There’s a meme going around at the moment, with people answering some set questions from Lifehacker about their working practice. Ruan Peat has blogged about this and was kind enough to put my name in the ‘who would you like to see answer these questions?’ bit (a rather clever idea which I’m going to file away for future advice on creating viral marketing campaigns) so just for Ruan – and anyone else who might be interested! – here are my answers.
Current gig: Academic Liaison Librarian / Trainer
Current mobile device: iPhone
Current computer: I don’t even know. It’s a PC, definitely.
One word that best describes how you work: Inquisitively
What apps/software/tools can’t you live without?
Twitter is the only thing I couldn’t live without – there are others like Evernote which I find very useful but whose utility I could probably get from elsewhere if pressed. That said I find myself all at sea when I can’t use Outlook for email – it genuinely stresses me out.
What’s your workspace like?
It’s always either very messy, or starting to get messy having just been tidied up. People assume I don’t mind mess but actually I’d much rather it was organised. Everything about me is inherently disorganised, and it takes so much effort to triumph over that and be organised in my actual work, that my workspace is always likely to suffer… The one part of the idea of senior management that really appeals to me is having a lovely big office. I’d keep that tidy. Probably.
What’s your best time-saving trick?
I do almost nothing to the best of my ability. That sounds glib / annoying / unwise to state publicly, but it’s true. Good enough is good enough! The search for perfection has cost many an information professional their contentment. I do a LOT of different things so while I try to do all of them well, I couldn’t do as much if everything I did was as perfect as I could make it.
What’s your favorite to-do list manager?
Evernote – it’s brilliant. Syncing between devices is the sort of vital functionality that makes me very grateful I wasn’t born 10 years earlier; I really need this sort of tech.
Besides your phone and computer, what gadget can’t you live without?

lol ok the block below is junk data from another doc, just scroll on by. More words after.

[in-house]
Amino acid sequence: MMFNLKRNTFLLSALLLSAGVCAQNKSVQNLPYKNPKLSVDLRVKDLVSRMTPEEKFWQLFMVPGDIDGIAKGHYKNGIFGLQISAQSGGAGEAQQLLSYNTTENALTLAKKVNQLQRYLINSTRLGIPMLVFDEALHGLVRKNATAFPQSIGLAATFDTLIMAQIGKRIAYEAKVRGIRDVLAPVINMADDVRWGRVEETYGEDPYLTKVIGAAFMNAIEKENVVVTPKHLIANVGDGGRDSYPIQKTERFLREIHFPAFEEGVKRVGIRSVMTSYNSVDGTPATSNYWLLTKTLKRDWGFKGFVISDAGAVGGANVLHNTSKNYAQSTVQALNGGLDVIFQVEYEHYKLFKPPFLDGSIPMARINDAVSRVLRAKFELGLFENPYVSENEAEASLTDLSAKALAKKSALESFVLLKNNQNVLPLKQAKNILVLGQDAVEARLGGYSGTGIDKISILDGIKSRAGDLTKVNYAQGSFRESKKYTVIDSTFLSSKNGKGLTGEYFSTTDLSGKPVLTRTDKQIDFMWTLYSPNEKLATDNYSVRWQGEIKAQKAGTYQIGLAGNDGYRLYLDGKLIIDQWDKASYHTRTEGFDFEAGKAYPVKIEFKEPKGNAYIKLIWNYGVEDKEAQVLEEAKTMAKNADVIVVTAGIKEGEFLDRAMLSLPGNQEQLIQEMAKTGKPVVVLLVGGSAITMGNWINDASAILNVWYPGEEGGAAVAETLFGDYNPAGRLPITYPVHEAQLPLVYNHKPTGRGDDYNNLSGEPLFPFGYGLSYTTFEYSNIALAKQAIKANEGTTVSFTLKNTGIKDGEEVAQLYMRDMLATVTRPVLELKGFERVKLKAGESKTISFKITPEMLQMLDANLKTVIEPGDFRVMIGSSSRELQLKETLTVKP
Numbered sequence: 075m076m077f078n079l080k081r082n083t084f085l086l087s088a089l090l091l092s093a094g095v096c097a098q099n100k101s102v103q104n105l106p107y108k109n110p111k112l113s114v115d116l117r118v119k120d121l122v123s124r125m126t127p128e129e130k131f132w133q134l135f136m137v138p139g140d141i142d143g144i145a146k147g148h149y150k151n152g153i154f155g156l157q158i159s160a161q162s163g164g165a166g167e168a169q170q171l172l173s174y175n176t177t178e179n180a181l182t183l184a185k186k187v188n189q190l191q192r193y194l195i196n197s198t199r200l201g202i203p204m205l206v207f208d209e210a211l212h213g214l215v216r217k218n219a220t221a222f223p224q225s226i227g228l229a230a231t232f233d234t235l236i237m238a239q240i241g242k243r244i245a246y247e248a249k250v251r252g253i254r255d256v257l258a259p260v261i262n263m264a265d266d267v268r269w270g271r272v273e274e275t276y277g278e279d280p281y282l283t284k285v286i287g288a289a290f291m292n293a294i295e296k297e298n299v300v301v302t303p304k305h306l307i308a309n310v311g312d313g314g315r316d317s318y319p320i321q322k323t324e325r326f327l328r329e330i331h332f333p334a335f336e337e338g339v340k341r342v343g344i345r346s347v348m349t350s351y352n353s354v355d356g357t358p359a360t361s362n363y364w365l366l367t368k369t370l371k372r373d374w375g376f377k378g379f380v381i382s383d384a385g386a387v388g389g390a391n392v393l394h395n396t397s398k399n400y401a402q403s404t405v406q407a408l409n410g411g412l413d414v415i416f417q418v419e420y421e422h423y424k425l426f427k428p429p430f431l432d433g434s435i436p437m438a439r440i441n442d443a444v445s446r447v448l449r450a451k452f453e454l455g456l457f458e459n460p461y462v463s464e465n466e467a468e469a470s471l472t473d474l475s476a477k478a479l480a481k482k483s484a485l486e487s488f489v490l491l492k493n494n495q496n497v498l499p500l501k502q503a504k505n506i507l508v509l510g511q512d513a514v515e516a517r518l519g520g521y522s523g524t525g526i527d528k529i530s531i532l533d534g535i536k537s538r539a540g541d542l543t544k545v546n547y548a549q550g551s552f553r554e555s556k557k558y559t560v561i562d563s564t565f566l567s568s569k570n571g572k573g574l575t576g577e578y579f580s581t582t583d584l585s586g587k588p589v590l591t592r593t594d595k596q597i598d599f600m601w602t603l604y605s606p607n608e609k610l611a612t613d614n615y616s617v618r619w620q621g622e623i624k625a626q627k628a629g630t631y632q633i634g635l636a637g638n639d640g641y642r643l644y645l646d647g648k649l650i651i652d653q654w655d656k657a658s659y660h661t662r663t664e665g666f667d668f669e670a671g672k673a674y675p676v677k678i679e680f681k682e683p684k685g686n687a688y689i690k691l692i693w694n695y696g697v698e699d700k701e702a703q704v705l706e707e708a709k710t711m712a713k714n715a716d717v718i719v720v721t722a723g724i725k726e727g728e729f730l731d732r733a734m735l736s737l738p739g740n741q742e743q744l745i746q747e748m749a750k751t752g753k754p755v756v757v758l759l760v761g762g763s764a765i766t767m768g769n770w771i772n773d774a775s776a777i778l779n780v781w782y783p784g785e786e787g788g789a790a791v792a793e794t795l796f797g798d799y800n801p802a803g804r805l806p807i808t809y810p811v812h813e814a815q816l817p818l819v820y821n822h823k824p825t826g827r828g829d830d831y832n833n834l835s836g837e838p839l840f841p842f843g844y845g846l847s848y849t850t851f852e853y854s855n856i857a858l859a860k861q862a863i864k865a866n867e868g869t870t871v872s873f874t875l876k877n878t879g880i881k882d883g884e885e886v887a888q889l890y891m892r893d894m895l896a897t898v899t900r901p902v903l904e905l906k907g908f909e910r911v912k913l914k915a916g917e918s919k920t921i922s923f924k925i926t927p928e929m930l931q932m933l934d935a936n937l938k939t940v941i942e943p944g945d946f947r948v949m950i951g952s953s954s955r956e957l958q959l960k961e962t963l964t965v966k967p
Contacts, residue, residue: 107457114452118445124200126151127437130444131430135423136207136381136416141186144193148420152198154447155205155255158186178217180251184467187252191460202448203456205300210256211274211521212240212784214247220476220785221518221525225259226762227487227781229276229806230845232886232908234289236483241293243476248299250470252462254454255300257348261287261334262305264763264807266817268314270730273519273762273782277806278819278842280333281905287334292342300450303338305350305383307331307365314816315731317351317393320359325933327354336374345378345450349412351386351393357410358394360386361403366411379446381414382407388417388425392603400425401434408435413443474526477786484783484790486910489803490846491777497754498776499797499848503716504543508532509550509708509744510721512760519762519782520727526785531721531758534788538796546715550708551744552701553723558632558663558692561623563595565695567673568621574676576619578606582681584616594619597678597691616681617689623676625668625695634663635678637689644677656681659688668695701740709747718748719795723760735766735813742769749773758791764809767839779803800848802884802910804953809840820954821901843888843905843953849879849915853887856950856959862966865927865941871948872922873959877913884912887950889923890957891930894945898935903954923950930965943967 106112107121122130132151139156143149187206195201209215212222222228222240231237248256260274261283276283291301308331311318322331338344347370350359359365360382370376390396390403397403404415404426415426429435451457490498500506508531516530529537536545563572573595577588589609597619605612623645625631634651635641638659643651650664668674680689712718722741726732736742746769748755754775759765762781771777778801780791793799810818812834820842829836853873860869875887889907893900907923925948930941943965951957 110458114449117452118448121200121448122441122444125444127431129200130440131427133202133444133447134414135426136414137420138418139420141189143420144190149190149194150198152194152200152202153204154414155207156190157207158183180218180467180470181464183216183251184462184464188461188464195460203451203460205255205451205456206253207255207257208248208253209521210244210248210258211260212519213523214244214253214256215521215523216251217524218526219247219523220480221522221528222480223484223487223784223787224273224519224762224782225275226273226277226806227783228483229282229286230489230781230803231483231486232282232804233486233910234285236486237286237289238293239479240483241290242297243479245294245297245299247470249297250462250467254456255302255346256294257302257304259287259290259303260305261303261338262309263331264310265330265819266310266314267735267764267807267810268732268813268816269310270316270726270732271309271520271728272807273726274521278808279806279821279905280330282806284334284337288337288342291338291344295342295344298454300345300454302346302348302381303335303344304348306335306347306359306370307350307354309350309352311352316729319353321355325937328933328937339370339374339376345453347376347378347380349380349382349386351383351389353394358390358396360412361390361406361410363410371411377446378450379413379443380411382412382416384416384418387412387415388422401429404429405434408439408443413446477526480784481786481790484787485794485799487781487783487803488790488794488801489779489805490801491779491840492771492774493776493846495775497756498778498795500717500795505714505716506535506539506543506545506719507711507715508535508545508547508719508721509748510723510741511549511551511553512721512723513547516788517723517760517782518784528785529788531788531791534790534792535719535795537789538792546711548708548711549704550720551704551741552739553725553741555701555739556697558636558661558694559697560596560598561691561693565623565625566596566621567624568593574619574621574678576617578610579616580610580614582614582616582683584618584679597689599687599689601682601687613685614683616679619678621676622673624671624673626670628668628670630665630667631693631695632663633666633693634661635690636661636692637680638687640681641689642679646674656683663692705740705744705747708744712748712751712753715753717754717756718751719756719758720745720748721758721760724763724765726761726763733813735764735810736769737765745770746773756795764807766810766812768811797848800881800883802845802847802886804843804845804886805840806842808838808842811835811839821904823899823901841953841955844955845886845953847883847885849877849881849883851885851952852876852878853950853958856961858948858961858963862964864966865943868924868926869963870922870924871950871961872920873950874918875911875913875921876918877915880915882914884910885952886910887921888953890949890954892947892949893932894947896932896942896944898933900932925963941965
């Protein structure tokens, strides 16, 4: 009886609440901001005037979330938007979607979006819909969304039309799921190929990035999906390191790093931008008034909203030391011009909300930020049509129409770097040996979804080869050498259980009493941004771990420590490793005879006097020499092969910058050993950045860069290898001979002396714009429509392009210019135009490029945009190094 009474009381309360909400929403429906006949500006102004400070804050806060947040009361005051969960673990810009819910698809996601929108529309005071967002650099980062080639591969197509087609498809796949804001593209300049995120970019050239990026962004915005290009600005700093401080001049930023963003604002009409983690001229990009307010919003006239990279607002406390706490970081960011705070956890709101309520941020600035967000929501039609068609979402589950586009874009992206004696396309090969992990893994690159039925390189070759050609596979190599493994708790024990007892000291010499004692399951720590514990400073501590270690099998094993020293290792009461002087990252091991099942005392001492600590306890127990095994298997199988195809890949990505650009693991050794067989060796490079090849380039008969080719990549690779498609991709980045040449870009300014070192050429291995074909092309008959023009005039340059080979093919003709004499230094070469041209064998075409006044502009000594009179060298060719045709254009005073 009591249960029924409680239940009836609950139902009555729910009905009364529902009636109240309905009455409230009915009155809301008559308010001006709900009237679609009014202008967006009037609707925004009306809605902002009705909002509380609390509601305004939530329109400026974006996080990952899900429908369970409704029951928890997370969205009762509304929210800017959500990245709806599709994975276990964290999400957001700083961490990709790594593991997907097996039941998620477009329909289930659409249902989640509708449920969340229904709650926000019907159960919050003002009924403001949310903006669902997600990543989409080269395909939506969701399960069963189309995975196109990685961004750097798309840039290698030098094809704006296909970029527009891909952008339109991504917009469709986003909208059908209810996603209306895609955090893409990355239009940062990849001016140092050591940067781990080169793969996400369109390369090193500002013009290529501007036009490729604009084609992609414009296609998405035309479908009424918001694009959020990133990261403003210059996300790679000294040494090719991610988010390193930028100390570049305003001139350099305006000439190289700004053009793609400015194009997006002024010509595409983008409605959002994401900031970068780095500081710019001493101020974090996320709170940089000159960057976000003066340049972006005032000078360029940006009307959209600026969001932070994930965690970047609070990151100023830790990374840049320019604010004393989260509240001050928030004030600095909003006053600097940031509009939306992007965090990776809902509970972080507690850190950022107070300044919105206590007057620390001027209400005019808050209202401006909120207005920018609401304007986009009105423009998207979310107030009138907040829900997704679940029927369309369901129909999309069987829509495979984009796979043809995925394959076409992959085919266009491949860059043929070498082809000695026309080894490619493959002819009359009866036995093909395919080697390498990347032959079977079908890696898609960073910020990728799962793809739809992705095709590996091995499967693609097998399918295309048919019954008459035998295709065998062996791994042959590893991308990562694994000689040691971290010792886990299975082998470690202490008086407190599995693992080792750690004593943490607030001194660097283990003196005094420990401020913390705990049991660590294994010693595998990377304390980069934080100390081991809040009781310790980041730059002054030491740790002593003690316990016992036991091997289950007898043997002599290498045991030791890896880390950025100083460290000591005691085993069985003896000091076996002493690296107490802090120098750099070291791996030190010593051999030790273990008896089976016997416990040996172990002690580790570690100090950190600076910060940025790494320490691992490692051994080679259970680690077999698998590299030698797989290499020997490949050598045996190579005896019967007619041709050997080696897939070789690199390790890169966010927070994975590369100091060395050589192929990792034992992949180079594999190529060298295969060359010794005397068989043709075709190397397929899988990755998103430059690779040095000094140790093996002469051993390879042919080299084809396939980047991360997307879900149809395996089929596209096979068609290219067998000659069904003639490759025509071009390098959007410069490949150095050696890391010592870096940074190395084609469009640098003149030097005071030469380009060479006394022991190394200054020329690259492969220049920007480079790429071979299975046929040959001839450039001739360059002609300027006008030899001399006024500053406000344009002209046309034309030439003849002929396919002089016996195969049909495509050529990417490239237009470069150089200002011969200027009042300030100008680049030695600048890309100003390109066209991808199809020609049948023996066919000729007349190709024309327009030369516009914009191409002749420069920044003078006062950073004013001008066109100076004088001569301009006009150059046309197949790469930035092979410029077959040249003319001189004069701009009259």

iPad – I use it all the time, not least because I can’t read my own handwriting. I use it to take notes, look things up, as a teaching aide in workshops. It’s probably the most useful thing I’ve ever bought.
What everyday thing are you better at than anyone else?
Not accepting perceived wisdom. And by that I don’t mean I’m some sort of maverick who never plays by the rules – I’m not that at all, often I test the perceived wisdom and it works just fine so I’ll follow it. But sometimes things which have always been done just aren’t as good as starting from scratch, so I think I’m good at teasing out meaningful innovation.
What are you currently reading?
I’ve found it very difficult to read actual books since writing one of my own. I’ve become very unambitious – my ideal scenario would be to forget what happens in 10 or so of my favourite books and then re-read them…
What do you listen to while you work?
I like this questions because what I listen to is vital to how I work. Where possible I won’t listen to anything, because I want to be open and approachable to my colleagues in an open plan office – but if I’m either A) under real time-pressure or B) really struggling to work something out or C) have several annoying, scrappy, TRICKY things I have to get done, I’ll plug my headphones into my phone and start listening. I have several Spotify playlists set-up for just these occasions, depending on my mood – the most often used one is a relaxing jazz-tinged one (lots of Madelaine Peyroux and Gretchen Parlato), followed by a proper jazz one (Avishai Cohen, Brad Mehldau), a Dance one (Photek, JoJo Mayer’s Nerve, DJ Semtex) and a classical one (a whole load of Graham Fitkin, amongst other things). With these on I get an ENORMOUS amount done in a short space of time, it’s amazing and I love it. A constant sound of music effectively means what I hear is balanced – as opposed to the quiet and loud unpredictability of office happenings, which jolt me out of my concentration – which means I stop hearing anything at all and focus completely on what I’m doing. It’s odd because the music needs to be right for this to work, but I don’t actually listen to the music as such, I’m only aware of it peridocally. It’s a bit like driffting in and out of sleep with music on in the background. (Except, instead of being asleep, you’ve just OWNED your To-do list…)
Are you more of an introvert or an extrovert?
Very much an introvert, but most of the students and academics I interact with probably don’t realise that.
What’s your sleep routine like?
Rubbish. I need lots, get little; I’m not that good at it unless sleeping conditions are perfect. In an ideal world I’d stay up till 1 in the morning and then wake naturally at about half-ten. I do not live in an ideal world.
Fill in the blank: I’d love to see ______ answer these same questions.
Hmmm, Andy Priestner perhaps? I can’t imagine he’d be a fan of doing so, though…
What’s the best advice you’ve ever received?
You see this question a lot, but the whole ‘let me give you some advice’ scenario seems to happen a lot more in movies than in real life, and I’m not sure I’ve been given that much. My Dad taught me, more by example and just chatting about it than him specifically trying to impart wisdom, not to worry too much about things I can’t control. My guiding principle is that happiness is more important than success, which luckily everyone close to me also subscribes to.
Is there anything else you’d like to add?
What I really enjoying, for some reason, is refining things. I like taking existing things (whether originally created by me or other people) and constantly making them better and better each time. It’s great.